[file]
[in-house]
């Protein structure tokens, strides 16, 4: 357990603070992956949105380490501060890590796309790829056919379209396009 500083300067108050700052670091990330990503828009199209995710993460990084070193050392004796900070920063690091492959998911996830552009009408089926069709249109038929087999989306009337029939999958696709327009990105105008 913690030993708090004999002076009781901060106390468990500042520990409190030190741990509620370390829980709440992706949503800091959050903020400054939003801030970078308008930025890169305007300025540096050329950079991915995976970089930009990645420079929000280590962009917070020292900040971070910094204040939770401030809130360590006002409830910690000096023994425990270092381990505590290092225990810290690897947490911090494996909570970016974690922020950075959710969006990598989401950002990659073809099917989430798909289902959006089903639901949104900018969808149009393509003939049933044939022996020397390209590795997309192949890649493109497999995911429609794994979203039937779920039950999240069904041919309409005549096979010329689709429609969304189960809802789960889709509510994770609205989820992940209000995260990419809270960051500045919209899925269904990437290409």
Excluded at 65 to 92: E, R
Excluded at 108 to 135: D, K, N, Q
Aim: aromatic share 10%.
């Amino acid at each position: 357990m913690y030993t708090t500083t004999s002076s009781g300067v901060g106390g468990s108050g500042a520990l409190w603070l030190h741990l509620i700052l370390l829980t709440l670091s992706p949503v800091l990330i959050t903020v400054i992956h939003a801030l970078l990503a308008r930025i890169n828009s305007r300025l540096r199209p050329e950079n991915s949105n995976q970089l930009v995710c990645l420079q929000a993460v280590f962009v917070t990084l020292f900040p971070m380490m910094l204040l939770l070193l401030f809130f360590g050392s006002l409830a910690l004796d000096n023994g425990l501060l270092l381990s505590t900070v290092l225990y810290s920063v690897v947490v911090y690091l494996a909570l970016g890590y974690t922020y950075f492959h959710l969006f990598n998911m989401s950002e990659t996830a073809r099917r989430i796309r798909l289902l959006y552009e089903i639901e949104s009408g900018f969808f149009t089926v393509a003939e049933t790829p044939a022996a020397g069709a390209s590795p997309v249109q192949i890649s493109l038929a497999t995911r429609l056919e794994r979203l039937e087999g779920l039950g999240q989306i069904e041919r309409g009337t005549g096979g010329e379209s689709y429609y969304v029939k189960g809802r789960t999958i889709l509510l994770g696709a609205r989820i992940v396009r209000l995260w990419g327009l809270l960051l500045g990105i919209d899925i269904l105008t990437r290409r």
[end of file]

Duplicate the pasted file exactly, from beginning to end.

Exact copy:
[in-house]
């Protein structure tokens, strides 16, 4: 357990603070992956949105380490501060890590796309790829056919379209396009 500083300067108050700052670091990330990503828009199209995710993460990084070193050392004796900070920063690091492959998911996830552009009408089926069709249109038929087999989306009337029939999958696709327009990105105008 913690030993708090004999002076009781901060106390468990500042520990409190030190741990509620370390829980709440992706949503800091959050903020400054939003801030970078308008930025890169305007300025540096050329950079991915995976970089930009990645420079929000280590962009917070020292900040971070910094204040939770401030809130360590006002409830910690000096023994425990270092381990505590290092225990810290690897947490911090494996909570970016974690922020950075959710969006990598989401950002990659073809099917989430798909289902959006089903639901949104900018969808149009393509003939049933044939022996020397390209590795997309192949890649493109497999995911429609794994979203039937779920039950999240069904041919309409005549096979010329689709429609969304189960809802789960889709509510994770609205989820992940209000995260990419809270960051500045919209899925269904990437290409």
Excluded at 65 to 92: E, R
Excluded at 108 to 135: D, K, N, Q
Aim: aromatic share 10%.
């Amino acid at each position: 357990m913690y030993t708090t500083t004999s002076s009781g300067v901060g106390g468990s108050g500042a520990l409190w603070l030190h741990l509620i700052l370390l829980t709440l670091s992706p949503v800091l990330i959050t903020v400054i992956h939003a801030l970078l990503a308008r930025i890169n828009s305007r300025l540096r199209p050329e950079n991915s949105n995976q970089l930009v995710c990645l420079q929000a993460v280590f962009v917070t990084l020292f900040p971070m380490m910094l204040l939770l070193l401030f809130f360590g050392s006002l409830a910690l004796d000096n023994g425990l501060l270092l381990s505590t900070v290092l225990y810290s920063v690897v947490v911090y690091l494996a909570l970016g890590y974690t922020y950075f492959h959710l969006f990598n998911m989401s950002e990659t996830a073809r099917r989430i796309r798909l289902l959006y552009e089903i639901e949104s009408g900018f969808f149009t089926v393509a003939e049933t790829p044939a022996a020397g069709a390209s590795p997309v249109q192949i890649s493109l038929a497999t995911r429609l056919e794994r979203l039937e087999g779920l039950g999240q989306i069904e041919r309409g009337t005549g096979g010329e379209s689709y429609y969304v029939k189960g809802r789960t999958i889709l509510l994770g696709a609205r989820i992940v396009r209000l995260w990419g327009l809270l960051l500045g990105i919209d899925i269904l105008t990437r290409r």